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Emailers, Please Cite Your Sources!

June 22nd, 2007

This is simply a reminder for those of you who are emailing me with various stories and articles for me to consider covering on this blog. Recently I have been receiving many emails that have potentially usable content but no indication of its original source. For example, a few days ago I received the following bit of text under the title, “The New Vista”:

V - Virus
I - Instability
S - Spyware/Spybots
T - Trojans
A - Adware

This was the entire email- there was no other accompanying text, nor was there any kind of URL or source notation at the bottom. Now this was a pretty funny acronym for Vista, and it seemed like just the kind of thing that I might want to post under the “Humor” category. But because I wasn’t sure about where it really came from, I had to balk at it until I could do my own investigation. Since I happen to know the sender personally, I figured that this was not very likely to be an original composition, although it was still possible, in which case I would need to credit the sender as the original author upon publication here.

On the other hand, if I just publish something like this “as is” with no documentation at all, then I’m risking the possibility of the original author thinking that I am plagiarizing and promptly going ballistic, possibly leading to lots of future problems and headaches. Of course, I could also publish it and then explain that someone sent it to me by email, which is actually what the sender suggested that I do regarding a similar email that consisted of nothing more than two images stuck together. However, this does not seem like very good journalistic practice. To illustrate what I mean by this, consider what people might think if a major newspaper publication (or even a smaller local paper) took two seemingly random images out of nowhere, stuck them together and placed them in between two articles on the front page with a caption under it, “We have absolutely no clue where these pictures actually came from, nor do we know whether or not they depict any historically accurate event, but one of our reporters saw this in his email and thought it was pretty funny, so there you go.”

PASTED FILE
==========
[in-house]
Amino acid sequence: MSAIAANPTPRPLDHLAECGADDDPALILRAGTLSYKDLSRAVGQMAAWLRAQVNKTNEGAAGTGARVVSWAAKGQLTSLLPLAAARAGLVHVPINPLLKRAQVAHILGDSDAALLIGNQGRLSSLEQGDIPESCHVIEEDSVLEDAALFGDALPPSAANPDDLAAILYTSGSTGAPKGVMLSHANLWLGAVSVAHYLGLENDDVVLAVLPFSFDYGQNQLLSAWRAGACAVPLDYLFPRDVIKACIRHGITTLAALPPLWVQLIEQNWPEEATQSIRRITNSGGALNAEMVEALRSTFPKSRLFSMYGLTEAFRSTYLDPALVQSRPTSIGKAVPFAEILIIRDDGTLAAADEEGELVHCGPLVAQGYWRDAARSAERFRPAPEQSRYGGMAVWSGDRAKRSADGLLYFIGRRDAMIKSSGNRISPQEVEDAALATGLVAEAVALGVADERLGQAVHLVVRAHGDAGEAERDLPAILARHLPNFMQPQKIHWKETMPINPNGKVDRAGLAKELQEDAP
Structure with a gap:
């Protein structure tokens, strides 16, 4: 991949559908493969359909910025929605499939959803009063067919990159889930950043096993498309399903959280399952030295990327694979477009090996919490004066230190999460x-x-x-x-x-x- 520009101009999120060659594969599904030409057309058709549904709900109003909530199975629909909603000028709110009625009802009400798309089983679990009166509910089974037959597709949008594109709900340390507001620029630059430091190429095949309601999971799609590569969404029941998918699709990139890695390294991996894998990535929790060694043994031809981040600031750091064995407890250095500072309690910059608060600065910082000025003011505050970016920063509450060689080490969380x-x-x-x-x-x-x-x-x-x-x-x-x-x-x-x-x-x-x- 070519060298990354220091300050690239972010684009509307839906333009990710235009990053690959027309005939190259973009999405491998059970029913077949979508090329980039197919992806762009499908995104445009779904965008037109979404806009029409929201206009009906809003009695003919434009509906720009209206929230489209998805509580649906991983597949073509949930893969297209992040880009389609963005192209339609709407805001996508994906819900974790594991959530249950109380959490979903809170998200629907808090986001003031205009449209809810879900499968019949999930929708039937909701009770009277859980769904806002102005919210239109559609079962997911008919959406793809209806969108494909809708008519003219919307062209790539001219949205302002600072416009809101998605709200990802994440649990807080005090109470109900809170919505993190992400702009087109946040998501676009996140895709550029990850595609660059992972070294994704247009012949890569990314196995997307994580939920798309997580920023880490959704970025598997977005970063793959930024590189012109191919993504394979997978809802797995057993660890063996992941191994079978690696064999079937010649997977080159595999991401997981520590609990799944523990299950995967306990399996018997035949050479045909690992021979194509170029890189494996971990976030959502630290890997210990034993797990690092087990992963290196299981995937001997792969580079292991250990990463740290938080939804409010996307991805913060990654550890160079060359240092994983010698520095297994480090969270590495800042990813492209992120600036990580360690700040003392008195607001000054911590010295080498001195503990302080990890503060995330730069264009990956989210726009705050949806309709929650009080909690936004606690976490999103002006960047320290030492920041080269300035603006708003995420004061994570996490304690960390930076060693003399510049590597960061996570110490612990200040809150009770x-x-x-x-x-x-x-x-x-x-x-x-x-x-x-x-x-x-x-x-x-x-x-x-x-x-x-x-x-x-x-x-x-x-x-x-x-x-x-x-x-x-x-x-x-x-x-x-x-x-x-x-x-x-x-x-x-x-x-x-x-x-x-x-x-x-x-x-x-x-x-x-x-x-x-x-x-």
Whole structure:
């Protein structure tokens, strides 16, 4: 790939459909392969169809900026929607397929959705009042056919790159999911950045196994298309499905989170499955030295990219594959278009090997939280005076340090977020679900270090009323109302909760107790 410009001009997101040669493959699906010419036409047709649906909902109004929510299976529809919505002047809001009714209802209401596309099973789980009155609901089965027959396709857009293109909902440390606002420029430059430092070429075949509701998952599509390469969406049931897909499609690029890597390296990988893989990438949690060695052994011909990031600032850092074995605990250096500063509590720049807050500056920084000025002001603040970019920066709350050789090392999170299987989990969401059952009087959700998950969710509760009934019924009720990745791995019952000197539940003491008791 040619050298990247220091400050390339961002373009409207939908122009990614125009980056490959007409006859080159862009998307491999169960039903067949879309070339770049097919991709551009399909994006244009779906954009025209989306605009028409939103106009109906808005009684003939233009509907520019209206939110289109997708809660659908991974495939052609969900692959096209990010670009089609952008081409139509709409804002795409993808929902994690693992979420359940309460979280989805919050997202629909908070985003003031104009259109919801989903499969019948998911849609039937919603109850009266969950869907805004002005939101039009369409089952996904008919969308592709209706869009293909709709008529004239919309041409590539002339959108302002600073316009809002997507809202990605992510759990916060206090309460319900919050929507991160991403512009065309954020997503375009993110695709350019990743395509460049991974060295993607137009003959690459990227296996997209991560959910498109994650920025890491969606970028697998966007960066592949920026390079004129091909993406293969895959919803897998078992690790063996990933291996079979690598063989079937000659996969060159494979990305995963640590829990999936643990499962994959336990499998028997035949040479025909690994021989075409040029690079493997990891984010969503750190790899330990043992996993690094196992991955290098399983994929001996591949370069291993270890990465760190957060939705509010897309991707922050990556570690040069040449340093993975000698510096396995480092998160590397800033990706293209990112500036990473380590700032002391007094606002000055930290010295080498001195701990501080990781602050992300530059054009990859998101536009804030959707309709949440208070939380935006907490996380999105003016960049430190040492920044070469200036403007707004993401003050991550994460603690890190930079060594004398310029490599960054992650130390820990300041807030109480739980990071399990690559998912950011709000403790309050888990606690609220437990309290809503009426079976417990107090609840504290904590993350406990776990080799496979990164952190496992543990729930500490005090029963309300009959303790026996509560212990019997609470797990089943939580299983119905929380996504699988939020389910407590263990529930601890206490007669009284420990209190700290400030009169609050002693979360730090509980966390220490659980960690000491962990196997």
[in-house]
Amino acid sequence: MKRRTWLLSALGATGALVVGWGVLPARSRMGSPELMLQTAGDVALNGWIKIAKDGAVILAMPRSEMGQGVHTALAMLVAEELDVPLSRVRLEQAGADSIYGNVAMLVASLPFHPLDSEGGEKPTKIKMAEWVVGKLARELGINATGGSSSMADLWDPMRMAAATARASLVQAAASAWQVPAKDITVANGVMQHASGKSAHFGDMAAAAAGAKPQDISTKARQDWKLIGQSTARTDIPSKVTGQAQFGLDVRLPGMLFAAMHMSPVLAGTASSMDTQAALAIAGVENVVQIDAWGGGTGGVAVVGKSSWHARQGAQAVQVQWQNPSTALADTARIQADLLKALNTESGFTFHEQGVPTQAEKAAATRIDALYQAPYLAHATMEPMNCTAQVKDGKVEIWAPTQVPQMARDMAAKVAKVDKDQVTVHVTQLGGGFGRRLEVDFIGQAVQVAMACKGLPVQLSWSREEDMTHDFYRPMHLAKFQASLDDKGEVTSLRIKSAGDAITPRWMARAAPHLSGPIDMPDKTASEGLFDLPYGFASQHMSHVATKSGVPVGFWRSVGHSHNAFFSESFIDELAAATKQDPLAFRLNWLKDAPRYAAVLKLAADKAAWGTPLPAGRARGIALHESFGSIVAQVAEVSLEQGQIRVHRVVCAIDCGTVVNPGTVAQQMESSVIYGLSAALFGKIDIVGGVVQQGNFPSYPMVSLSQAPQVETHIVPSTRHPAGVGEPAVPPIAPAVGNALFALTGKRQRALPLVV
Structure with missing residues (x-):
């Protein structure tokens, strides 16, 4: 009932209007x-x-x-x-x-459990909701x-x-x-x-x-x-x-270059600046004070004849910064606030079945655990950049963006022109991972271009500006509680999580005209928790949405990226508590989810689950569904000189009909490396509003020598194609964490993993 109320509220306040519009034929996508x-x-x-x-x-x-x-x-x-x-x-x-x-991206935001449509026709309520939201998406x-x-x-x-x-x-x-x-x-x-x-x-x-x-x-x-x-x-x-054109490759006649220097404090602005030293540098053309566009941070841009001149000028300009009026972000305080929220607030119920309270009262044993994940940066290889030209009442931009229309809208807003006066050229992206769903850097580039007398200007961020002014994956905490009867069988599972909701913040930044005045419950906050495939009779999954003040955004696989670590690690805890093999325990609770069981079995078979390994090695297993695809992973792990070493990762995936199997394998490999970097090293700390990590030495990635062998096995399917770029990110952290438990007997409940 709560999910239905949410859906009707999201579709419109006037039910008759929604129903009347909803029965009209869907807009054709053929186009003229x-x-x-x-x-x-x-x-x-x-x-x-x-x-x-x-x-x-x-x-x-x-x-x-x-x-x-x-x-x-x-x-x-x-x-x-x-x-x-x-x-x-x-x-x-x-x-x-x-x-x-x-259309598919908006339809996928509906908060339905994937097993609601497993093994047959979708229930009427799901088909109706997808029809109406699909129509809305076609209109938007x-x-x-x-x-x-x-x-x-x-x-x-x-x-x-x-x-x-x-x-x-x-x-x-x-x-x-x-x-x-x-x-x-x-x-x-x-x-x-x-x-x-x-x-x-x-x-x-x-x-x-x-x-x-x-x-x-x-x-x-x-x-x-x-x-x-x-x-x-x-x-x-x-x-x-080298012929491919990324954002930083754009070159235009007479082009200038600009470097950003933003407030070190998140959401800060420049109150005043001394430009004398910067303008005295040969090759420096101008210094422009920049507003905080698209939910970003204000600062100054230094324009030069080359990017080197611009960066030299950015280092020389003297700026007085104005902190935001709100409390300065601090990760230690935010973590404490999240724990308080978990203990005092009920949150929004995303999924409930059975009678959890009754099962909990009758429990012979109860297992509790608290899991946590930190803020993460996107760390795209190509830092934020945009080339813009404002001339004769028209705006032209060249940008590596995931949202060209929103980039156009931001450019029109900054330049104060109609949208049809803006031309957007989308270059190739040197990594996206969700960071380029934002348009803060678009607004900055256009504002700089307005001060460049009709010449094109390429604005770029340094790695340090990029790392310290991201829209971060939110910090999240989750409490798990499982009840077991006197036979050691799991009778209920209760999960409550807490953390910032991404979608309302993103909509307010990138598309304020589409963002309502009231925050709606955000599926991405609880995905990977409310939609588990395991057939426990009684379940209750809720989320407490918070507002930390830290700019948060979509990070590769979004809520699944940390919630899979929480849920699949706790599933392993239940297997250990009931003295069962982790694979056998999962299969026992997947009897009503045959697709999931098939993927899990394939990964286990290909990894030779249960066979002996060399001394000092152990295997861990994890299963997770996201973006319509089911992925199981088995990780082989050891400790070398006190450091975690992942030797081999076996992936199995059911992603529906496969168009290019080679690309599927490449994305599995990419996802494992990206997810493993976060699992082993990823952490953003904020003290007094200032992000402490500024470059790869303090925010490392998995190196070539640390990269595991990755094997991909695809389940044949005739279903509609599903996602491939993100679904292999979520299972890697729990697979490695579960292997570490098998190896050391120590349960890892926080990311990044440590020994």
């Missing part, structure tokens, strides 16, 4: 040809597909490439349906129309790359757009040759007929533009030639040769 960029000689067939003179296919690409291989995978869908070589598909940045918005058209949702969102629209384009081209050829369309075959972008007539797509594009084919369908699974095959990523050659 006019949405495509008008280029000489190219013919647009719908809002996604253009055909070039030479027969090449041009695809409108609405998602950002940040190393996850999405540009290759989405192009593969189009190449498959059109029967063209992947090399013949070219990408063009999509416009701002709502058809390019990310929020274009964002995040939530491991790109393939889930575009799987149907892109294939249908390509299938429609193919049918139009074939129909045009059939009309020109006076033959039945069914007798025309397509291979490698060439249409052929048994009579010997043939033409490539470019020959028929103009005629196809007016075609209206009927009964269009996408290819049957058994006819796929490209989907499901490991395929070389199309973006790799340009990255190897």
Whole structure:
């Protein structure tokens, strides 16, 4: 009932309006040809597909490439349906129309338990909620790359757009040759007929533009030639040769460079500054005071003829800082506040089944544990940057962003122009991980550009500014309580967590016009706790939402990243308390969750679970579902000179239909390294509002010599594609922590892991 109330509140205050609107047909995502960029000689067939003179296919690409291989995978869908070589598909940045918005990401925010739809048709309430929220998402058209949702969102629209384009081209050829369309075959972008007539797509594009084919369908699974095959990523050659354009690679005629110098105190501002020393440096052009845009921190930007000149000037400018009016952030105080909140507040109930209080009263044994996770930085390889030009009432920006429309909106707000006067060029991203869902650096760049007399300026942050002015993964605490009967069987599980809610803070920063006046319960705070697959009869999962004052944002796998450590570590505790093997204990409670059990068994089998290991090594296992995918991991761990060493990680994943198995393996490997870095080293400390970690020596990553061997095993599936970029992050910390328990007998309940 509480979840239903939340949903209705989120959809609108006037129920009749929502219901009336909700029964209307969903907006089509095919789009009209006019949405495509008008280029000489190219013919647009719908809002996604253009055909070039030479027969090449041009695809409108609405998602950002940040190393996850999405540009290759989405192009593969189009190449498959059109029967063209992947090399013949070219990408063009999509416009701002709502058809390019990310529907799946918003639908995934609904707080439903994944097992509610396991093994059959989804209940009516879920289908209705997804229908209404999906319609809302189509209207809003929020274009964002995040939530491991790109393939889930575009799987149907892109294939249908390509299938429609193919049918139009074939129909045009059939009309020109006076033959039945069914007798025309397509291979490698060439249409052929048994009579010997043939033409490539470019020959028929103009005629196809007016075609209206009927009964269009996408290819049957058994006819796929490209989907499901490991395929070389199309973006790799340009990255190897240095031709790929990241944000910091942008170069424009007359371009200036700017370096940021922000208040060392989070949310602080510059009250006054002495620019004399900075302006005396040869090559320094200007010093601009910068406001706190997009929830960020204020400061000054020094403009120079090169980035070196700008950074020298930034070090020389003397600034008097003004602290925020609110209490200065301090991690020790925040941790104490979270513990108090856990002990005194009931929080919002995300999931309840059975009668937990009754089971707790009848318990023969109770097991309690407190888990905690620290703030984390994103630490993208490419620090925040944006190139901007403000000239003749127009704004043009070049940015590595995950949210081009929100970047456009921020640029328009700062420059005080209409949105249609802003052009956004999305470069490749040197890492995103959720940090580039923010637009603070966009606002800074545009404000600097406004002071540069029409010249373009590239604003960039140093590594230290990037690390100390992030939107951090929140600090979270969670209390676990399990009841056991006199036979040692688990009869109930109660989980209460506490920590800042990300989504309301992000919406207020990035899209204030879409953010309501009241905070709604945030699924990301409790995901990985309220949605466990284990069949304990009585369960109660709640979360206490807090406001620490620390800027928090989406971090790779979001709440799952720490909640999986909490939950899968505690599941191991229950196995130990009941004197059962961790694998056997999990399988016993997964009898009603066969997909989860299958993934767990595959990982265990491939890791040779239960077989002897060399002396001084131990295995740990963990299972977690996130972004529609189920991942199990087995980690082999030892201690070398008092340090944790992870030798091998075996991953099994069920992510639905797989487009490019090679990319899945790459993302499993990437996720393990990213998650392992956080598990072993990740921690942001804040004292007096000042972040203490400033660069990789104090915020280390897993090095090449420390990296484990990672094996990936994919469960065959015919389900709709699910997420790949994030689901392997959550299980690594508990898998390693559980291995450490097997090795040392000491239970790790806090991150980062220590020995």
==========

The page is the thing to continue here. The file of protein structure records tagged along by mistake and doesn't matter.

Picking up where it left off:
I know that many people do not consider bloggers to be in the same category as mainstream journalists, but we really need to follow similar kinds of publishing guidelines if we expect to be taken seriously and (hopefully) treated as legitimate news sources. It is also important for me to have some kind of information about sources because as a blogger, I must consider duplicate content issues. If you send me something that is actually your own writing and has not already been published on the Internet, then this gives me much more leeway in posting it directly without lots of accompanying text. I will include a byline giving you credit as the author, however, and will also give you a link back to your site if you have one that you would like to promote here as I described in my other article about hosted content.

Fortunately in this case, after going through several Google searches, I have found what appears to be the original source: What Vista Really Stands For. There was also another post right above it titled “Funny Vista Acronyms” that had several other acronyms that were quite funny and also very appropriate, considering the actual experiences of Vista users.


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